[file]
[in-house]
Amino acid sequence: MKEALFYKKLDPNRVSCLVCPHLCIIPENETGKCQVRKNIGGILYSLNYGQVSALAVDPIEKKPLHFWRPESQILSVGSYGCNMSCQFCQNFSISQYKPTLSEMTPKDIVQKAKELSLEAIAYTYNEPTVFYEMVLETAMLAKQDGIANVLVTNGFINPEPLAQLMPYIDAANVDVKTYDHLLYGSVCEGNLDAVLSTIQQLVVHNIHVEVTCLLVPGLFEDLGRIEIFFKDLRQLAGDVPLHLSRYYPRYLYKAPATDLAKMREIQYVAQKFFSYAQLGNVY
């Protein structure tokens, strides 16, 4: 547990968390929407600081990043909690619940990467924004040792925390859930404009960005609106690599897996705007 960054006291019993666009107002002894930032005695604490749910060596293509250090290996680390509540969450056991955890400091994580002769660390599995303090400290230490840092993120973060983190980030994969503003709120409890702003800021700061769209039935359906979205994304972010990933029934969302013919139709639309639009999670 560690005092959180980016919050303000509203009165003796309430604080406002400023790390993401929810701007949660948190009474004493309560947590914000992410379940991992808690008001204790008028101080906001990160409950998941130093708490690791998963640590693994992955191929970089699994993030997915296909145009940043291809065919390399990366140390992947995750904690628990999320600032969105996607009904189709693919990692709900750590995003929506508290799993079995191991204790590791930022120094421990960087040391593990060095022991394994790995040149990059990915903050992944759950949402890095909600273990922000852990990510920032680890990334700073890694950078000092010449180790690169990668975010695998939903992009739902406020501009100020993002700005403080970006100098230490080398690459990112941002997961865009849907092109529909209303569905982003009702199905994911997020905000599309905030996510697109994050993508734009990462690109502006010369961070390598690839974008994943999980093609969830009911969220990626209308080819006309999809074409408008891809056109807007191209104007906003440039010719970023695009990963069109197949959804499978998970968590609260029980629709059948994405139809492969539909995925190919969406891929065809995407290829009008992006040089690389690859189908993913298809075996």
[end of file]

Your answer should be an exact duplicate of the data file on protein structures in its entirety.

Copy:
[in-house]
Amino acid sequence: MKEALFYKKLDPNRVSCLVCPHLCIIPENETGKCQVRKNIGGILYSLNYGQVSALAVDPIEKKPLHFWRPESQILSVGSYGCNMSCQFCQNFSISQYKPTLSEMTPKDIVQKAKELSLEAIAYTYNEPTVFYEMVLETAMLAKQDGIANVLVTNGFINPEPLAQLMPYIDAANVDVKTYDHLLYGSVCEGNLDAVLSTIQQLVVHNIHVEVTCLLVPGLFEDLGRIEIFFKDLRQLAGDVPLHLSRYYPRYLYKAPATDLAKMREIQYVAQKFFSYAQLGNVY
């Protein structure tokens, strides 16, 4: 547990968390929407600081990043909690619940990467924004040792925390859930404009960005609106690599897996705007 960054006291019993666009107002002894930032005695604490749910060596293509250090290996680390509540969450056991955890400091994580002769660390599995303090400290230490840092993120973060983190980030994969503003709120409890702003800021700061769209039935359906979205994304972010990933029934969302013919139709639309639009999670 560690005092959180980016919050303000509203009165003796309430604080406002400023790390993401929810701007949660948190009474004493309560947590914000992410379940991992808690008001204790008028101080906001990160409950998941130093708490690791998963640590693994992955191929970089699994993030997915296909145009940043291809065919390399990366140390992947995750904690628990999320600032969105996607009904189709693919990692709900750590995003929506508290799993079995191991204790590791930022120094421990960087040391593990060095022991394994790995040149990059990915903050992944759950949402890095909600273990922000852990990510920032680890990334700073890694950078000092010449180790690169990668975010695998939903992009739902406020501009100020993002700005403080970006100098230490080398690459990112941002997961865009849907092109529909209303569905982003009702199905994911997020905000599309905030996510697109994050993508734009990462690109502006010369961070390598690839974008994943999980093609969830009911969220990626209308080819006309999809074409408008891809056109807007191209104007906003440039010719970023695009990963069109197949959804499978998970968590609260029980629709059948994405139809492969539909995925190919969406891929065809995407290829009008992006040089690389690859189908993913298809075996």